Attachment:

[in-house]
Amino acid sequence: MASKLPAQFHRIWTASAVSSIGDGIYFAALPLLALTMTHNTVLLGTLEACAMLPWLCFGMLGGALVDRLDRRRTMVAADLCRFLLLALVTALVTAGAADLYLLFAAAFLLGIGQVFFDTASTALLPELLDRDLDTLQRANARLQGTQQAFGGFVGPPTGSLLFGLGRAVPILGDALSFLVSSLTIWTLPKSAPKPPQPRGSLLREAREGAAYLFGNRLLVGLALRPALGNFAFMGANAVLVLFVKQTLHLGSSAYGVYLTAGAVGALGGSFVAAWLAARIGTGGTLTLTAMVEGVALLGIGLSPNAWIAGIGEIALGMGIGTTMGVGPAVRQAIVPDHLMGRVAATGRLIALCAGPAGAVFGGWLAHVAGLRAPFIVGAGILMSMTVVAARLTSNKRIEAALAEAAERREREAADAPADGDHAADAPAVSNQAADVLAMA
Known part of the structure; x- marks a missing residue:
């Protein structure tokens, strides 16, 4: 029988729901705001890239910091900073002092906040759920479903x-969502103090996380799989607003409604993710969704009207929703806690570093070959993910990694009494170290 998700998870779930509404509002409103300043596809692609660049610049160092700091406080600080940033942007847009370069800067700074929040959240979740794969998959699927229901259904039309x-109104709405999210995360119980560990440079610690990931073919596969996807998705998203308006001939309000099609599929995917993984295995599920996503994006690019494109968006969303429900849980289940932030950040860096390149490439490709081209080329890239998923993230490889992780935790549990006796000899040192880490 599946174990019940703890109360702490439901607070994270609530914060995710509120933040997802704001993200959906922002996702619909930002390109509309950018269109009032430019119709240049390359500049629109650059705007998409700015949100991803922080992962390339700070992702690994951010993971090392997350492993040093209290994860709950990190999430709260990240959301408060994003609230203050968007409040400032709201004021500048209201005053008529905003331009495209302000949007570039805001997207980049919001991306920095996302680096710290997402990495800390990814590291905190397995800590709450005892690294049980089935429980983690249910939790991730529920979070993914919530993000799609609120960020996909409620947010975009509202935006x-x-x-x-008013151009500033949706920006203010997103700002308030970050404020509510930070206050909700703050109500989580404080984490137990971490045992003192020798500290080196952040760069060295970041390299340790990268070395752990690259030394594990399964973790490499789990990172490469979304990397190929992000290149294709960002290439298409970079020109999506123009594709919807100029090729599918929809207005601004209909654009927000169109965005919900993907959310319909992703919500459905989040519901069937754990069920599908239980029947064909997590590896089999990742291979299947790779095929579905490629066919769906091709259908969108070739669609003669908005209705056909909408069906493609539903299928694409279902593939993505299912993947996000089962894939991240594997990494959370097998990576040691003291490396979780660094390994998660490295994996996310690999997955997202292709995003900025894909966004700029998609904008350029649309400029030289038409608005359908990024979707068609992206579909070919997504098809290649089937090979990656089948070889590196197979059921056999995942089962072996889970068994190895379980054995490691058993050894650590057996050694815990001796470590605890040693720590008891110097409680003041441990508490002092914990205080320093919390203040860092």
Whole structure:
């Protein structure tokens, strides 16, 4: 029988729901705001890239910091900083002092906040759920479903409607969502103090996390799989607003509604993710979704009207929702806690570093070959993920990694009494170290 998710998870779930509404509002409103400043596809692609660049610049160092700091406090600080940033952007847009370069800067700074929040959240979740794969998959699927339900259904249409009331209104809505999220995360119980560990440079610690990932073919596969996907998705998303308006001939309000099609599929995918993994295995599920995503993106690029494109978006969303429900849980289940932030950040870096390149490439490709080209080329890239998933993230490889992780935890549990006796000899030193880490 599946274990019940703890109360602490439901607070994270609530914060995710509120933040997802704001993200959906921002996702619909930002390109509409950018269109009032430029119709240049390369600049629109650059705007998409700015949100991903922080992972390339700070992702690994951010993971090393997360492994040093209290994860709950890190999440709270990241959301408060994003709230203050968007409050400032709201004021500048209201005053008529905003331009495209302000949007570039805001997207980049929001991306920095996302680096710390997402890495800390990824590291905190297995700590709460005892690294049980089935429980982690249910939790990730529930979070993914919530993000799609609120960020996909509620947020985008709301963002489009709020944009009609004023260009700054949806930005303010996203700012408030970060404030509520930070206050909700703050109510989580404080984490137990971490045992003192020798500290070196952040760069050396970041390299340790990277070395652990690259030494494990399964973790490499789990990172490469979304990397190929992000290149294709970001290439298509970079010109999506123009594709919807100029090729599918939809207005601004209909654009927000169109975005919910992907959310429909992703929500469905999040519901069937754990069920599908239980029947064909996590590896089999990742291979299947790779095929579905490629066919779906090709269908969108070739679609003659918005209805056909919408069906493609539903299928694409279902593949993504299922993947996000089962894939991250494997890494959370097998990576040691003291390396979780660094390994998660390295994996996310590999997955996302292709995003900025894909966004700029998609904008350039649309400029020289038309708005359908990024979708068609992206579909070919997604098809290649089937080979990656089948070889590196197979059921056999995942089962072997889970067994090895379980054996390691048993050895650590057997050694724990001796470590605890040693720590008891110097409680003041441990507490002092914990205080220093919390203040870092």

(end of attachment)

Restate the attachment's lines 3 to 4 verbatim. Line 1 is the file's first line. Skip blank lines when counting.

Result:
Known part of the structure; x- marks a missing residue:
């Protein structure tokens, strides 16, 4: 029988729901705001890239910091900073002092906040759920479903x-969502103090996380799989607003409604993710969704009207929703806690570093070959993910990694009494170290 998700998870779930509404509002409103300043596809692609660049610049160092700091406080600080940033942007847009370069800067700074929040959240979740794969998959699927229901259904039309x-109104709405999210995360119980560990440079610690990931073919596969996807998705998203308006001939309000099609599929995917993984295995599920996503994006690019494109968006969303429900849980289940932030950040860096390149490439490709081209080329890239998923993230490889992780935790549990006796000899040192880490 599946174990019940703890109360702490439901607070994270609530914060995710509120933040997802704001993200959906922002996702619909930002390109509309950018269109009032430019119709240049390359500049629109650059705007998409700015949100991803922080992962390339700070992702690994951010993971090392997350492993040093209290994860709950990190999430709260990240959301408060994003609230203050968007409040400032709201004021500048209201005053008529905003331009495209302000949007570039805001997207980049919001991306920095996302680096710290997402990495800390990814590291905190397995800590709450005892690294049980089935429980983690249910939790991730529920979070993914919530993000799609609120960020996909409620947010975009509202935006x-x-x-x-008013151009500033949706920006203010997103700002308030970050404020509510930070206050909700703050109500989580404080984490137990971490045992003192020798500290080196952040760069060295970041390299340790990268070395752990690259030394594990399964973790490499789990990172490469979304990397190929992000290149294709960002290439298409970079020109999506123009594709919807100029090729599918929809207005601004209909654009927000169109965005919900993907959310319909992703919500459905989040519901069937754990069920599908239980029947064909997590590896089999990742291979299947790779095929579905490629066919769906091709259908969108070739669609003669908005209705056909909408069906493609539903299928694409279902593939993505299912993947996000089962894939991240594997990494959370097998990576040691003291490396979780660094390994998660490295994996996310690999997955997202292709995003900025894909966004700029998609904008350029649309400029030289038409608005359908990024979707068609992206579909070919997504098809290649089937090979990656089948070889590196197979059921056999995942089962072996889970068994190895379980054995490691058993050894650590057996050694815990001796470590605890040693720590008891110097409680003041441990508490002092914990205080320093919390203040860092």